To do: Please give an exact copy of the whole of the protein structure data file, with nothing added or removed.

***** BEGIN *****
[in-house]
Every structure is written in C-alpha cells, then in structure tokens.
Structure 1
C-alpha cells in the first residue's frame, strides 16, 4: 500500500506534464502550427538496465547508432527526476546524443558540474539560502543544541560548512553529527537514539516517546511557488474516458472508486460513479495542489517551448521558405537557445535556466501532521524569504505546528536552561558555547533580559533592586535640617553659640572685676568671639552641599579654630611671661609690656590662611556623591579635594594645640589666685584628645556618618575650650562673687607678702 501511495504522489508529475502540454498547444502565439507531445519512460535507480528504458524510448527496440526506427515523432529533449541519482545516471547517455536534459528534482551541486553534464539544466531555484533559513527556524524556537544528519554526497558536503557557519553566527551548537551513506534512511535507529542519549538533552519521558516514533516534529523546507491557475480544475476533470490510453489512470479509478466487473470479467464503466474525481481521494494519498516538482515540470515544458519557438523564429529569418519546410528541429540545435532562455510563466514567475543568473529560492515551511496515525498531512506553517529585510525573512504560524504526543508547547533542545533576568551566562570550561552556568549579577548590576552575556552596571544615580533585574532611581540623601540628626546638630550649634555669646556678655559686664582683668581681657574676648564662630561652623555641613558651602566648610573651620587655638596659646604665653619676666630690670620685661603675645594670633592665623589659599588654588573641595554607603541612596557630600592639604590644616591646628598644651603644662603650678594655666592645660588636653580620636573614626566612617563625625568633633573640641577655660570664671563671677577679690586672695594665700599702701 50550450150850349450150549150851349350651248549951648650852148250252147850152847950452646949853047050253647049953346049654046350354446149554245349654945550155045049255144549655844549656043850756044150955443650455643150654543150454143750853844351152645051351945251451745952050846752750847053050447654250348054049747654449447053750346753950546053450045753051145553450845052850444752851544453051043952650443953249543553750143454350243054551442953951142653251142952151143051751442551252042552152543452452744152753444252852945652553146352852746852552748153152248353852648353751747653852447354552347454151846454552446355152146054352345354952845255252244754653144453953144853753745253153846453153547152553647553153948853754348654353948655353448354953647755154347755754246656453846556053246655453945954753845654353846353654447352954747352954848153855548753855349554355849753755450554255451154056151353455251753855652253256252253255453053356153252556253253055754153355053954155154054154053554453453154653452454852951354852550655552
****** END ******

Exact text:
[in-house]
Every structure is written in C-alpha cells, then in structure tokens.
Structure 1
C-alpha cells in the first residue's frame, strides 16, 4: 500500500506534464502550427538496465547508432527526476546524443558540474539560502543544541560548512553529527537514539516517546511557488474516458472508486460513479495542489517551448521558405537557445535556466501532521524569504505546528536552561558555547533580559533592586535640617553659640572685676568671639552641599579654630611671661609690656590662611556623591579635594594645640589666685584628645556618618575650650562673687607678702 501511495504522489508529475502540454498547444502565439507531445519512460535507480528504458524510448527496440526506427515523432529533449541519482545516471547517455536534459528534482551541486553534464539544466531555484533559513527556524524556537544528519554526497558536503557557519553566527551548537551513506534512511535507529542519549538533552519521558516514533516534529523546507491557475480544475476533470490510453489512470479509478466487473470479467464503466474525481481521494494519498516538482515540470515544458519557438523564429529569418519546410528541429540545435532562455510563466514567475543568473529560492515551511496515525498531512506553517529585510525573512504560524504526543508547547533542545533576568551566562570550561552556568549579577548590576552575556552596571544615580533585574532611581540623601540628626546638630550649634555669646556678655559686664582683668581681657574676648564662630561652623555641613558651602566648610573651620587655638596659646604665653619676666630690670620685661603675645594670633592665623589659599588654588573641595554607603541612596557630600592639604590644616591646628598644651603644662603650678594655666592645660588636653580620636573614626566612617563625625568633633573640641577655660570664671563671677577679690586672695594665700599702701 50550450150850349450150549150851349350651248549951648650852148250252147850152847950452646949853047050253647049953346049654046350354446149554245349654945550155045049255144549655844549656043850756044150955443650455643150654543150454143750853844351152645051351945251451745952050846752750847053050447654250348054049747654449447053750346753950546053450045753051145553450845052850444752851544453051043952650443953249543553750143454350243054551442953951142653251142952151143051751442551252042552152543452452744152753444252852945652553146352852746852552748153152248353852648353751747653852447354552347454151846454552446355152146054352345354952845255252244754653144453953144853753745253153846453153547152553647553153948853754348654353948655353448354953647755154347755754246656453846556053246655453945954753845654353846353654447352954747352954848153855548753855349554355849753755450554255451154056151353455251753855652253256252253255453053356153252556253253055754153355053954155154054154053554453453154653452454852951354852550655552